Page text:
You’ve said, “I was always fascinated by the very notion that cinema is essentially a magic trick on ‘reality.’ So, running with that notion during our current, bizarre political environment seemed apropos.” With this notion underpinning your ambitions for the story you wanted to tell, how did the story take its form? Was it a piece by piece process, a search, or did the story quickly reveal itself?
Fellini said he was a born liar, right?! All moviemakers are. That’s what we all experience as spectators when the lights go up—that jarring sense of coming back to the real world. Pronoia started as a straight-up conspiracy thriller, and then, the primaries were well underway when I was finishing up the script. I had never experienced such a bizarre spectacle about how facts and logic were being muddled, and so that had an effect.
Pronoia began as—and still is—a feature treatment that grew out of a particular scene I had written down in the treatment. I had to see if I could execute an aspect of the concept in short form, packing it with all the aesthetic ideas.
It was actually inspired by something I caught on the news one night several years ago. A military/defense aide under Reagan and the two Bushes named John (Jack) Wheeler was seen disoriented in a Delaware parking garage. He was found murdered the next day, I believe, in some landfill with his empty car nearby. The surveillance videos were being played, which you can still find on the internet. It was creepy. The story spilled out from there with ideas about the nature of how our instincts gravitate towards conspiracies racing in my head. What artform is so suited for thrillers? Movies, of course! So, it started with a character, an assassin.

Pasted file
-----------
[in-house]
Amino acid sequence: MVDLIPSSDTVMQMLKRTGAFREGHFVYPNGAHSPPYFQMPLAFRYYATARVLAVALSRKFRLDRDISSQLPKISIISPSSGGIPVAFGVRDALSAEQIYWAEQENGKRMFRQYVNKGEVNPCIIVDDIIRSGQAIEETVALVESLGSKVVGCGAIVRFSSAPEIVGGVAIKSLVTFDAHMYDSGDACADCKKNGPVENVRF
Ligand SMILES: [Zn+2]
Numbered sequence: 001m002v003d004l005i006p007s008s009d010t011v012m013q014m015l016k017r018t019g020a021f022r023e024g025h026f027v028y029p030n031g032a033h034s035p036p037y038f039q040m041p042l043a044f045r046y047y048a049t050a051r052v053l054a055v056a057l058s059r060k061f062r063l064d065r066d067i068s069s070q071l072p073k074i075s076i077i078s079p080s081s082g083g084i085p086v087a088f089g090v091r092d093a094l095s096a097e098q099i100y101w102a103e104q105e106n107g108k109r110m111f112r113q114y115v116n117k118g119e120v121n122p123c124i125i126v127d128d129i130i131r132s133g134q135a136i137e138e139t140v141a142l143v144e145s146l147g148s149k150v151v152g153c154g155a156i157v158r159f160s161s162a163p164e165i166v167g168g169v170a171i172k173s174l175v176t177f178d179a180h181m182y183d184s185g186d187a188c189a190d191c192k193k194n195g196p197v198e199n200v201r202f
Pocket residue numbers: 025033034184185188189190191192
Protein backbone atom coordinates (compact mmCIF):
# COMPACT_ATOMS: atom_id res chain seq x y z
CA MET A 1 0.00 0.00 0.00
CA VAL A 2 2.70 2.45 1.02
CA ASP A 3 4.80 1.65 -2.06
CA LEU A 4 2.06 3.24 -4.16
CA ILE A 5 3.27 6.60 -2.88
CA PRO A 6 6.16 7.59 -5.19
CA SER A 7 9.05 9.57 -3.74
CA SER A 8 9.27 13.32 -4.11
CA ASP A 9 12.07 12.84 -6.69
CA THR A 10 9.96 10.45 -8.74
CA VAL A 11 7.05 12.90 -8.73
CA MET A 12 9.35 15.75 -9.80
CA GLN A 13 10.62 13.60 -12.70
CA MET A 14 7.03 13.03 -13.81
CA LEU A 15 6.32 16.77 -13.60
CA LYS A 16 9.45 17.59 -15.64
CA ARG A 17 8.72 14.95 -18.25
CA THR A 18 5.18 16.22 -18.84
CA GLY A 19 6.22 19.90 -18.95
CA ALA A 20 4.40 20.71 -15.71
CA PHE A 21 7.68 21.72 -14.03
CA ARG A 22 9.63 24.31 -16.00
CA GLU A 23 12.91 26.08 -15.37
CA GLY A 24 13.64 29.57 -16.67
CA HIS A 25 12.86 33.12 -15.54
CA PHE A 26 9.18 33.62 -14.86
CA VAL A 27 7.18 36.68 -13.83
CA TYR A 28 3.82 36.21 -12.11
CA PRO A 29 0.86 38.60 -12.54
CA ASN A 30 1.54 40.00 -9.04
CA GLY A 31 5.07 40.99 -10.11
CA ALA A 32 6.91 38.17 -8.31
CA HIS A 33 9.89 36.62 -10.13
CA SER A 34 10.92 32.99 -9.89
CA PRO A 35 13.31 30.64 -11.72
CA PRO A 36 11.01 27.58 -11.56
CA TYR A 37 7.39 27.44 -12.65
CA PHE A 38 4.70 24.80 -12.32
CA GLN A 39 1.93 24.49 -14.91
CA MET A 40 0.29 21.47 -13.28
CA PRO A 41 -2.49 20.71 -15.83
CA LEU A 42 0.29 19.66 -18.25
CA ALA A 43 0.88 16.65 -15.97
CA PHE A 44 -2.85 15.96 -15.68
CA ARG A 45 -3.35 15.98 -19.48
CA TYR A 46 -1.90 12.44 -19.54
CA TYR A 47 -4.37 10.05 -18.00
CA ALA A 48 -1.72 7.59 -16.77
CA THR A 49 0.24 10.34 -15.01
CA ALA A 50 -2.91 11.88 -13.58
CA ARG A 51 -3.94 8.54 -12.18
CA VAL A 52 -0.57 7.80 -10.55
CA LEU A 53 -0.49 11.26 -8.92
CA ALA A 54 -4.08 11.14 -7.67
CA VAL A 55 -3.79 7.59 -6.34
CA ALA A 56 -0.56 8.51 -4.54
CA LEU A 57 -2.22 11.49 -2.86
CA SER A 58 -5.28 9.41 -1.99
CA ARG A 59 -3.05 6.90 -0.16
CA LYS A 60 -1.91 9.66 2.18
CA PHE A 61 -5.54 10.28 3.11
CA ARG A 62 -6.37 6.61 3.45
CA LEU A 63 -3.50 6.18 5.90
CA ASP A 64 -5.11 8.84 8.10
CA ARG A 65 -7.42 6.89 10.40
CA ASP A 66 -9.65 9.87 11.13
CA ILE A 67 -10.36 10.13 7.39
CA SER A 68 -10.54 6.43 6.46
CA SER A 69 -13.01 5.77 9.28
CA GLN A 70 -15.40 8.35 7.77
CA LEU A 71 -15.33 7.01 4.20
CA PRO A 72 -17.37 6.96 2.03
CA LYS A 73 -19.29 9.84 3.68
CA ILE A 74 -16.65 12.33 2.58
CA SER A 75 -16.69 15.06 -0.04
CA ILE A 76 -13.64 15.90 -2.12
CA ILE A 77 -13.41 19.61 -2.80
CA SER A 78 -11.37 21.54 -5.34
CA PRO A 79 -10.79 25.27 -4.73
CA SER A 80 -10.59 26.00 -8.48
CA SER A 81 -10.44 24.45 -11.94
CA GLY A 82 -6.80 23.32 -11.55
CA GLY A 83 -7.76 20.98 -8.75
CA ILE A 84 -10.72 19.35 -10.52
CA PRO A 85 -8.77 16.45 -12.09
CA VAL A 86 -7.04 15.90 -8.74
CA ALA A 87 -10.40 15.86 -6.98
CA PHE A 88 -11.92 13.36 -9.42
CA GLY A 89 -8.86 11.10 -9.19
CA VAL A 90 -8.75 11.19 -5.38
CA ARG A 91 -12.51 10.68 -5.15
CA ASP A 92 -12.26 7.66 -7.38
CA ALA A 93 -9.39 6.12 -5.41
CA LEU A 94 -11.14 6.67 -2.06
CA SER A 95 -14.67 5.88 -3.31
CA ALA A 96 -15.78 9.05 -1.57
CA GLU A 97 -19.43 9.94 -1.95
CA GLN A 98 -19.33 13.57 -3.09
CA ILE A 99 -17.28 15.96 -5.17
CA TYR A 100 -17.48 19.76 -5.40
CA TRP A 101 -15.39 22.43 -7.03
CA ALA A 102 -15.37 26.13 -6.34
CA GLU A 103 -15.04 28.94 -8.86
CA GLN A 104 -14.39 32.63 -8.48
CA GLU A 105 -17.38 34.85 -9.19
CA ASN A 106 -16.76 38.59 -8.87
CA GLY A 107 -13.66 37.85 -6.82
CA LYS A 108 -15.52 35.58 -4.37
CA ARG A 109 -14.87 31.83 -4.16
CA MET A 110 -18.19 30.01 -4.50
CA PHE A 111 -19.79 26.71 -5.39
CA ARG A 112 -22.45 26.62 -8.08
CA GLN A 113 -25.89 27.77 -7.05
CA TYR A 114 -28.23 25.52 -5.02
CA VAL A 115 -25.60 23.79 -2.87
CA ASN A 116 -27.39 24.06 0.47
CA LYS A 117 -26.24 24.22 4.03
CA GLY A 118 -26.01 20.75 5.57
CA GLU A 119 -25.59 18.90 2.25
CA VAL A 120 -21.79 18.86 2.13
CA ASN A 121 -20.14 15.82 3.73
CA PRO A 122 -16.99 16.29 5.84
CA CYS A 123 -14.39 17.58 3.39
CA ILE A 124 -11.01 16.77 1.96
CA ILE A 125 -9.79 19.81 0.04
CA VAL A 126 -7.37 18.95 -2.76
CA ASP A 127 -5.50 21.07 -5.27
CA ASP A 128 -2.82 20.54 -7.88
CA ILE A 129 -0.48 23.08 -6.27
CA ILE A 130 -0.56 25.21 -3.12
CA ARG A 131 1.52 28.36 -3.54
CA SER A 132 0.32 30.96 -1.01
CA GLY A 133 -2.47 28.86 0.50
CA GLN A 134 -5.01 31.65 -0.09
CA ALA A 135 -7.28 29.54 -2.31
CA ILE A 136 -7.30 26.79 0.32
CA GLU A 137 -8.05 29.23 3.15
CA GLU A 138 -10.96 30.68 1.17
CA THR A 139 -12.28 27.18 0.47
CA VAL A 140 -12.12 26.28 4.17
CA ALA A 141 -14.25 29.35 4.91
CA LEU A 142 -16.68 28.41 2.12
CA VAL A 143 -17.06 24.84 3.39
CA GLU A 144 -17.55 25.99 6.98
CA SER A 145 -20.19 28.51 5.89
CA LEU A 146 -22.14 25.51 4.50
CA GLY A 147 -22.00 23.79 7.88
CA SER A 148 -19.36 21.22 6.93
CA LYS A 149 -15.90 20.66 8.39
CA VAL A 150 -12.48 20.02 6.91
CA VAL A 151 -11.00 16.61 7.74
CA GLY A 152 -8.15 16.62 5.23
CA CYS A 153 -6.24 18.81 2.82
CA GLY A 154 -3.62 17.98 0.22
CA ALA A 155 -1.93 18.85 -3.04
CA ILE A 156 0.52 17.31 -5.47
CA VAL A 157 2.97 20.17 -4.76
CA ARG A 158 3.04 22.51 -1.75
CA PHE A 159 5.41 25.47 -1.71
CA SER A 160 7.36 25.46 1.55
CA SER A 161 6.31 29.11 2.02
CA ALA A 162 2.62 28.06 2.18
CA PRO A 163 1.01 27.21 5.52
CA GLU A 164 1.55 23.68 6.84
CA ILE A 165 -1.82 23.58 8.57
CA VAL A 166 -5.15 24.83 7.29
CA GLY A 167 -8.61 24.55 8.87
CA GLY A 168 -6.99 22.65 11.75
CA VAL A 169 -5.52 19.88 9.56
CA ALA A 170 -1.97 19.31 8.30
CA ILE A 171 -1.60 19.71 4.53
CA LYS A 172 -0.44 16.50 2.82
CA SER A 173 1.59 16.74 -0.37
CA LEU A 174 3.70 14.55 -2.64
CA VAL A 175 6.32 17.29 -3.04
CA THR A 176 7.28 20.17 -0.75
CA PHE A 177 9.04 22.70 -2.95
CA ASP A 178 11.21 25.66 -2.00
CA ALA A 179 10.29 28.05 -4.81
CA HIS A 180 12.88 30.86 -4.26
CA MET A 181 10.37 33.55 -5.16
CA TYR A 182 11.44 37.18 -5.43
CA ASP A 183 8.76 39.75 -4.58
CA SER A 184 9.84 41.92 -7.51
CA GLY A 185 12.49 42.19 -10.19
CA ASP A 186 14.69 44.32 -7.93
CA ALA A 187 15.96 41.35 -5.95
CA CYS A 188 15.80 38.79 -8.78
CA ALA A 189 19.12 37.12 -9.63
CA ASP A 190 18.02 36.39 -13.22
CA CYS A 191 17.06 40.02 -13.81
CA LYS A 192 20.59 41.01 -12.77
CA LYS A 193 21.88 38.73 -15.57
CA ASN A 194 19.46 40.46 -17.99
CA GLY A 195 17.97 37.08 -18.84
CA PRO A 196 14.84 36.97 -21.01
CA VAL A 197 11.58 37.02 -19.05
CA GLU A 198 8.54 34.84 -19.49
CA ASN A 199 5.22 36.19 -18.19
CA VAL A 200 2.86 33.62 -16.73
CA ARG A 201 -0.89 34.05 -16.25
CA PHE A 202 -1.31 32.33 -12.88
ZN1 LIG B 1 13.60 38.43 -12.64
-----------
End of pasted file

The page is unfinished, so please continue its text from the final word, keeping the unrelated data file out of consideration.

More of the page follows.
Continuing from the previous question, looking at the process as a whole, there’s a perspective amongst filmmakers that there are three versions of the script: the script that is written, the script that is shot, and the script that is edited. Do you agree and is the process one of discovery leading up to the final cut?
Oh absolutely. I made this short piece to see how something precisely plotted with lots of clues, foreshadowing, and all the answers could translate from page to final cut. During shooting actors bring something new to it, and then the DP, producers, designers grab a lot of their magic. Jennifer [Spenningsby], my editor and I had a lot of fun moving pieces around, and finally, we arrived at this. But, one has to go into any movie firmly confident in one’s script. If not, it will never work.
You’ve also said: “Melville’s Le Samourai and Resnais’ Last Year at Marienbad are movies that play in the background all the time for me.” Why have these two films made such an impression on you? For young filmmakers such as yourself, how do you look upon directors like Melville and Resnais, and the place they occupy within cinema?